2019-10-16_13-45-52
Photo credit: SeeClickFix
Blog

SeeClickFix: Reflecting on 12 years connecting citizens and government

At Luminate, we’ve supported entrepreneurs improving government service delivery and increasing civic participation for over a decade. We’ve seen the impressive growth of the broader civic tech field, and learnt many lessons along the way. For example, we first invested in SeeClickFix CEO Ben Berkowitz back in 2010, when we were part of the Governance & Citizen Engagement initiative within Omidyar Network. Since our most recent investment in 2015, SeeClickFix has been working hard to grow the company and reach profitability. Today, they are a leading request and work management software platform that has helped citizens post nearly 7 million requests like fixing potholes, removing downed trees, or clearing snow cover to local officials. To date, SeeClickFix has allowed local government to engage communities while resolving more than 5.3 million of those requests quickly and effectively.

Recently, SeeClickFix announced their acquisition by CivicPlus.  We caught up with Ben in the days after the acquisition closed to learn more about what it means for the future of the company, and what the broader field might learn from SeeClickFix’s journey.

Ben, congrats again on this important milestone! As you reflect on SeeClickFix's history, what are you most proud of? 

First of all, thanks in return to Omidyar Network, now Luminate, for taking an early bet on me as a first-time entrepreneur and on SeeClickFix as one of the first civic tech start-ups. Without Omidyar Network’s support of our company and the civic tech industry at large, neither would have grown to where they are today. 

When I reflect on the past 12 years, I am most proud of the fact that we provide a novel but lasting fix to a common and pervasive problem. For many citizens, failing infrastructure is a manifestation of government inefficiency, poor civic communication, and lack of accountability. It certainly was for me when we launched in late 2007. SeeClickFix has provided a cost-efficient and effective way for governments to manage public space and public expectations. At a time when trust in government is at an all-time low and civic discourse is filled with heightened tension and disrespect, I believe SeeClickFix is a solution for engaging the public in meaningful communication, solving actual problems, and most importantly rebuilding a little bit of trust in local government.

There are a few other proud moments for us at SeeClickFix that stick out in my memory:

  1. The empathy and self-sufficiency in communities where SeeClickFix was heavily used in natural disasters such as Hurricanes Sandy, Irene, and Harvey, and Winter Storm Nemo. For instance, I’ll never forget the woman who was able to deliver her baby in the hospital during the snowstorm because a neighbor saw her SeeClickFix post and was able to get a government payloader to remove snow on her road in time. Whenever a user leans in and helps another user where the government is unable, I’m reminded that we are much more resilient as humans than we sometimes assume.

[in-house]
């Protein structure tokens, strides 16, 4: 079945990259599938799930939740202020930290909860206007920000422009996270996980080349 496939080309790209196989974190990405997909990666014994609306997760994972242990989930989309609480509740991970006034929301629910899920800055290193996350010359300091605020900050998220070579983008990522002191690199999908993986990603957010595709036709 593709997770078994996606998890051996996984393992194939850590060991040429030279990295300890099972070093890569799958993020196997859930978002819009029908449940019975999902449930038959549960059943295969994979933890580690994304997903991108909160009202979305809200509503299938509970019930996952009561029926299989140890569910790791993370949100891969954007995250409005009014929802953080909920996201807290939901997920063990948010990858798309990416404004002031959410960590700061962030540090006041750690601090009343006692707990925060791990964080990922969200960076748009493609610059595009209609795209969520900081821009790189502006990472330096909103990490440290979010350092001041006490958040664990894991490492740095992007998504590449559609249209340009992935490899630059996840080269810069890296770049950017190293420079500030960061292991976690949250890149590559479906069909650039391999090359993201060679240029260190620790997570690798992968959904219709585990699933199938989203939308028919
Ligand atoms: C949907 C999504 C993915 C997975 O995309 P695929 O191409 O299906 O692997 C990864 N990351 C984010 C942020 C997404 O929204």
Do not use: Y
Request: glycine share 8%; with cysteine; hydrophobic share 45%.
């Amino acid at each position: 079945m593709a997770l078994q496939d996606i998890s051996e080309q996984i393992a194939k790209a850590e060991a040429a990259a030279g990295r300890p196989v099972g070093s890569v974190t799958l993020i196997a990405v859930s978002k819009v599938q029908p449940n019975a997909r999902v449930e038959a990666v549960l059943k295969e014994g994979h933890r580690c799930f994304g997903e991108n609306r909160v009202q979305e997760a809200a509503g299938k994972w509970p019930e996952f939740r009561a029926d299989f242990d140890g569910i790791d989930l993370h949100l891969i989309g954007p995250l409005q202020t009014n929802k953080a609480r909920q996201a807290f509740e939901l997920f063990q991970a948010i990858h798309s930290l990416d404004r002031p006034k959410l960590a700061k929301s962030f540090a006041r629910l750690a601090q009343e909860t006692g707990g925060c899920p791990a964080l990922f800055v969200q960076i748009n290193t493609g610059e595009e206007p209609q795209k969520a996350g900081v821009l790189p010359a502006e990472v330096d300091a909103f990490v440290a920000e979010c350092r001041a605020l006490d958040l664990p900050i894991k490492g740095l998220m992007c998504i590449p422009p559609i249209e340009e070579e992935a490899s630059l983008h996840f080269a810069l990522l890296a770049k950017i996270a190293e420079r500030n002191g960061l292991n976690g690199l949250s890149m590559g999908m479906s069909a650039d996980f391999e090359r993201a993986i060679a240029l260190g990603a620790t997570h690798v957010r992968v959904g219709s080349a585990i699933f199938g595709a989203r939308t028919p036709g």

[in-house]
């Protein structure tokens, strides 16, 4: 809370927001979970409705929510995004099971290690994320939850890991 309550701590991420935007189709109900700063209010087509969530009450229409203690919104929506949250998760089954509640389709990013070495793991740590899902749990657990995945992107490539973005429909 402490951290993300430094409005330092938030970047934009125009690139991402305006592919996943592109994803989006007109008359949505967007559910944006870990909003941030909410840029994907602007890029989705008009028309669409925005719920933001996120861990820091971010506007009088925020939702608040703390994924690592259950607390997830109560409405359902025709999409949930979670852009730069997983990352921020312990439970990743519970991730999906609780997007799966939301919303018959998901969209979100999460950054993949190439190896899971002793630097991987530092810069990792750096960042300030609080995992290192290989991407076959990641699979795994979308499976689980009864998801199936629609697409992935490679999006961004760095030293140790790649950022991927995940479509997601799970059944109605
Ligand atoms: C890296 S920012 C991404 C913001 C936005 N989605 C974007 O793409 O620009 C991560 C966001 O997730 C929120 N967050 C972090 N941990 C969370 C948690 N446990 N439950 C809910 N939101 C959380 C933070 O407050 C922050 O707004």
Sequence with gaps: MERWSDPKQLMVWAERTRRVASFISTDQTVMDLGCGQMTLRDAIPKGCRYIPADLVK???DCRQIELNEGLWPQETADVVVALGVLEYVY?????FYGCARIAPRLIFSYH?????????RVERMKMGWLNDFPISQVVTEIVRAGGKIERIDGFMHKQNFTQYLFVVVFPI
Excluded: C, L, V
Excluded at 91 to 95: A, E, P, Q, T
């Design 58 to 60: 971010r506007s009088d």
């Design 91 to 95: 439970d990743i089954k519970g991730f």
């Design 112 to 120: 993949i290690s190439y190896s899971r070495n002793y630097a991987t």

2. There have also been a number of really funny moments where officials have used the open communication format to show their lighter side. I am reminded of the time that citizens, officials, and self-described design snobs got into a healthy debate about the particulars of the typeface used on a transit stop in Toronto. 
  3. The hundreds of thousands of thank you’s to public officials from citizens. Kathy Hurley in the New Haven Department of Public Works has a book of thank you’s printed from SeeClickFix user comments to remind employees that their work is appreciated and matters. SeeClickFix needs to continue to be a platform for constructive input and gratitude; it’s what separates us from much of the existing online civic debate. 
  4. The small influence we were able to have on other companies, organizations, and individuals in the civic tech space. The Open311 standard that we co-created with others around the world continues to be a point of pride for SeeClickFix. A few other proud moments for me are the times I was invited to share our successes with the White House, State Department, and World Bank as they assessed potential protocols for broader global solutions. 

 At a time when trust in government is at an all-time low and civic discourse is filled with heightened tension and disrespect, I believe SeeClickFix is a solution for engaging the public in meaningful communication, solving actual problems, and most importantly rebuilding a little bit of trust in local government.

Can you share a bit more about why you’re excited to join CivicPlus and what this means for the future of SeeClickFix?

When we launched SeeClickFix we were explicitly focused on solving the problem of broken service request communication. When I thought about what would come next it was always in the context of solving more problems for more people in the way that we believe they should be solved: Equitably, transparently and constructively with a healthy dose of empathy.